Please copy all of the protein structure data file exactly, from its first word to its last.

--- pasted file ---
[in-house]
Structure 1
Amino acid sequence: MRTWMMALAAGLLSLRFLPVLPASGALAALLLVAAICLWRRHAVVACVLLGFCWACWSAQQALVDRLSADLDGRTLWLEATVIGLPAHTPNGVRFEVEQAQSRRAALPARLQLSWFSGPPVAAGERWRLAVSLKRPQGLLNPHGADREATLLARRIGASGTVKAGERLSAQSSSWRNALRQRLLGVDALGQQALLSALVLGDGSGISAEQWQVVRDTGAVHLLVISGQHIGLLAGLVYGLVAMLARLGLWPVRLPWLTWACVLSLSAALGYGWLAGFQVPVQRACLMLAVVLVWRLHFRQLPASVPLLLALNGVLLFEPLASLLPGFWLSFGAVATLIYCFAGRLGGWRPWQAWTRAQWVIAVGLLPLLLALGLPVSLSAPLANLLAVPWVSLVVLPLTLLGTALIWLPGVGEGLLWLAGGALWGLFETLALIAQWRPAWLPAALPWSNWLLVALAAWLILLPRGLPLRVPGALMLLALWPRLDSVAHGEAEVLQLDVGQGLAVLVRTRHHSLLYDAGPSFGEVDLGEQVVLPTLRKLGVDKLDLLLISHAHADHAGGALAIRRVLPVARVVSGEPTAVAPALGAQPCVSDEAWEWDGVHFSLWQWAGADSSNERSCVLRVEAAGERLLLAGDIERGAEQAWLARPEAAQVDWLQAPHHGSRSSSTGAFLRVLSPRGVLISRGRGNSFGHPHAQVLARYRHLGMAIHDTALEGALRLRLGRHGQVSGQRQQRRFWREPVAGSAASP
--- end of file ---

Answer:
[in-house]
Structure 1
Amino acid sequence: MRTWMMALAAGLLSLRFLPVLPASGALAALLLVAAICLWRRHAVVACVLLGFCWACWSAQQALVDRLSADLDGRTLWLEATVIGLPAHTPNGVRFEVEQAQSRRAALPARLQLSWFSGPPVAAGERWRLAVSLKRPQGLLNPHGADREATLLARRIGASGTVKAGERLSAQSSSWRNALRQRLLGVDALGQQALLSALVLGDGSGISAEQWQVVRDTGAVHLLVISGQHIGLLAGLVYGLVAMLARLGLWPVRLPWLTWACVLSLSAALGYGWLAGFQVPVQRACLMLAVVLVWRLHFRQLPASVPLLLALNGVLLFEPLASLLPGFWLSFGAVATLIYCFAGRLGGWRPWQAWTRAQWVIAVGLLPLLLALGLPVSLSAPLANLLAVPWVSLVVLPLTLLGTALIWLPGVGEGLLWLAGGALWGLFETLALIAQWRPAWLPAALPWSNWLLVALAAWLILLPRGLPLRVPGALMLLALWPRLDSVAHGEAEVLQLDVGQGLAVLVRTRHHSLLYDAGPSFGEVDLGEQVVLPTLRKLGVDKLDLLLISHAHADHAGGALAIRRVLPVARVVSGEPTAVAPALGAQPCVSDEAWEWDGVHFSLWQWAGADSSNERSCVLRVEAAGERLLLAGDIERGAEQAWLARPEAAQVDWLQAPHHGSRSSSTGAFLRVLSPRGVLISRGRGNSFGHPHAQVLARYRHLGMAIHDTALEGALRLRLGRHGQVSGQRQQRRFWREPVAGSAASP